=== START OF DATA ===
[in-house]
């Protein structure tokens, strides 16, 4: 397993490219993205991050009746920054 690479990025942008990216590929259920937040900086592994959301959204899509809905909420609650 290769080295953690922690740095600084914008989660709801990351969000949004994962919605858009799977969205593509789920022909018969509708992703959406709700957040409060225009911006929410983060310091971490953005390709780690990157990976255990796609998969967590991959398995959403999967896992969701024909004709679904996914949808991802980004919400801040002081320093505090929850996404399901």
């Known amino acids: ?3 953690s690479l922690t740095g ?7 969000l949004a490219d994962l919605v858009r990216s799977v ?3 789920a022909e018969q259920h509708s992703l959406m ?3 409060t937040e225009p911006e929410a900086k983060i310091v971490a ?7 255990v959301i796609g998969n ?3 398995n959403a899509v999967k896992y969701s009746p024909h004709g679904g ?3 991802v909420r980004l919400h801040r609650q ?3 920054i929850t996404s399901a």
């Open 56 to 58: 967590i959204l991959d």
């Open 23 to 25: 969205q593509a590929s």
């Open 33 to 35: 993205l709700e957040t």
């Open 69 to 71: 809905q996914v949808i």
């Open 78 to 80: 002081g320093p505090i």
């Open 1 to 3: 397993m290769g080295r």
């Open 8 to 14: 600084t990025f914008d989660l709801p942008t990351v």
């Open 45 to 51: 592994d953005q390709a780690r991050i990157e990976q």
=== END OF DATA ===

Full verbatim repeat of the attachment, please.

[in-house]
């Protein structure tokens, strides 16, 4: 397993490219993205991050009746920054 690479990025942008990216590929259920937040900086592994959301959204899509809905909420609650 290769080295953690922690740095600084914008989660709801990351969000949004994962919605858009799977969205593509789920022909018969509708992703959406709700957040409060225009911006929410983060310091971490953005390709780690990157990976255990796609998969967590991959398995959403999967896992969701024909004709679904996914949808991802980004919400801040002081320093505090929850996404399901």
């Known amino acids: ?3 953690s690479l922690t740095g ?7 969000l949004a490219d994962l919605v858009r990216s799977v ?3 789920a022909e018969q259920h509708s992703l959406m ?3 409060t937040e225009p911006e929410a900086k983060i310091v971490a ?7 255990v959301i796609g998969n ?3 398995n959403a899509v999967k896992y969701s009746p024909h004709g679904g ?3 991802v909420r980004l919400h801040r609650q ?3 920054i929850t996404s399901a």
């Open 56 to 58: 967590i959204l991959d």
């Open 23 to 25: 969205q593509a590929s």
């Open 33 to 35: 993205l709700e957040t």
């Open 69 to 71: 809905q996914v949808i």
């Open 78 to 80: 002081g320093p505090i």
């Open 1 to 3: 397993m290769g080295r």
């Open 8 to 14: 600084t990025f914008d989660l709801p942008t990351v």
């Open 45 to 51: 592994d953005q390709a780690r991050i990157e990976q």